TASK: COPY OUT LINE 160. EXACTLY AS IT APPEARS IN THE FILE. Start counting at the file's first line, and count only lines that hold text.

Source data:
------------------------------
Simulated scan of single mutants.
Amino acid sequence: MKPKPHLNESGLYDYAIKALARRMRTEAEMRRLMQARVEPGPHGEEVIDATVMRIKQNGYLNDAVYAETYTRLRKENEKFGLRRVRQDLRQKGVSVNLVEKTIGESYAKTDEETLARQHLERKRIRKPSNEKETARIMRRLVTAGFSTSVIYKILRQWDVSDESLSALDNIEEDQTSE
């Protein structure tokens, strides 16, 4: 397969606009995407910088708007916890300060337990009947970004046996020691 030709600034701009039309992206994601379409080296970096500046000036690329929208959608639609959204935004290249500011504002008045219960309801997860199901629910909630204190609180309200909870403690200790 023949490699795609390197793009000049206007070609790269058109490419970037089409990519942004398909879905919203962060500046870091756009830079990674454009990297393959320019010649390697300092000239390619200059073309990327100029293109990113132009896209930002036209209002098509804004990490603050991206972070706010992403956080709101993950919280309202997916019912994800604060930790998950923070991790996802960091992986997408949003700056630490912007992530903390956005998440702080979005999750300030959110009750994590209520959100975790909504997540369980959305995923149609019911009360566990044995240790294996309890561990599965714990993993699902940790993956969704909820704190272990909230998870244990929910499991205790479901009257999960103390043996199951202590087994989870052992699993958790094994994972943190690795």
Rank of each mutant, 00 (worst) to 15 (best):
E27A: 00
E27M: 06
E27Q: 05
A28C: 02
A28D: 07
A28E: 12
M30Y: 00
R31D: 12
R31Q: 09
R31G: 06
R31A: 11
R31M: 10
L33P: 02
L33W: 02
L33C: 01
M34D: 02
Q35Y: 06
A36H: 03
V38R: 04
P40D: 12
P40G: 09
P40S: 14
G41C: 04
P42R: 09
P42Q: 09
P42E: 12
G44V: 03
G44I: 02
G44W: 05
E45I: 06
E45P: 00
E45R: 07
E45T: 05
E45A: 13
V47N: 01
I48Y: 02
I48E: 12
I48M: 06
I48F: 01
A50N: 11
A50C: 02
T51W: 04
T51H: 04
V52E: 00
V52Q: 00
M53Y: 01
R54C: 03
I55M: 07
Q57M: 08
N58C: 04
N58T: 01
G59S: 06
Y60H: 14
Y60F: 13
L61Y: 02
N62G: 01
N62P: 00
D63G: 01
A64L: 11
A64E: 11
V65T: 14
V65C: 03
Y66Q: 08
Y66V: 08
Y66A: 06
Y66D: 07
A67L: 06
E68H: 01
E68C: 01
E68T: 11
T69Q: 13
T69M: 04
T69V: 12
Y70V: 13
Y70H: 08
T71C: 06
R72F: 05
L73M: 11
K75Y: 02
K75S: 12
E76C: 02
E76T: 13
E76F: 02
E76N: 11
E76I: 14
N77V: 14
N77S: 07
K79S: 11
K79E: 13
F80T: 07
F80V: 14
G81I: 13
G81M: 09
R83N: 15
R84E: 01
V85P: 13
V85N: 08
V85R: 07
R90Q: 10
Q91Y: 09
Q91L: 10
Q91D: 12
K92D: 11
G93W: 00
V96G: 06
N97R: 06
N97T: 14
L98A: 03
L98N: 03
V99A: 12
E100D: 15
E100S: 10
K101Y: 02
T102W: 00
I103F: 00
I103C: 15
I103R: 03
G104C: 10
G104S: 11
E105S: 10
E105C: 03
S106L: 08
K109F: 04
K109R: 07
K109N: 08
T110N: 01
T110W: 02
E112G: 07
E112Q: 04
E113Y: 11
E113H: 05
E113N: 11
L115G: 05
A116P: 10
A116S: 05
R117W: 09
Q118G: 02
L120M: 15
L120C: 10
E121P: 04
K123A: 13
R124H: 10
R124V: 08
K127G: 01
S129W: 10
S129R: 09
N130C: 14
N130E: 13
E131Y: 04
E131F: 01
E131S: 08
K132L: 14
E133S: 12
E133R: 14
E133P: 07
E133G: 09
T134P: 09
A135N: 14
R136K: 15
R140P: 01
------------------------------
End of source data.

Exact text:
E133G: 09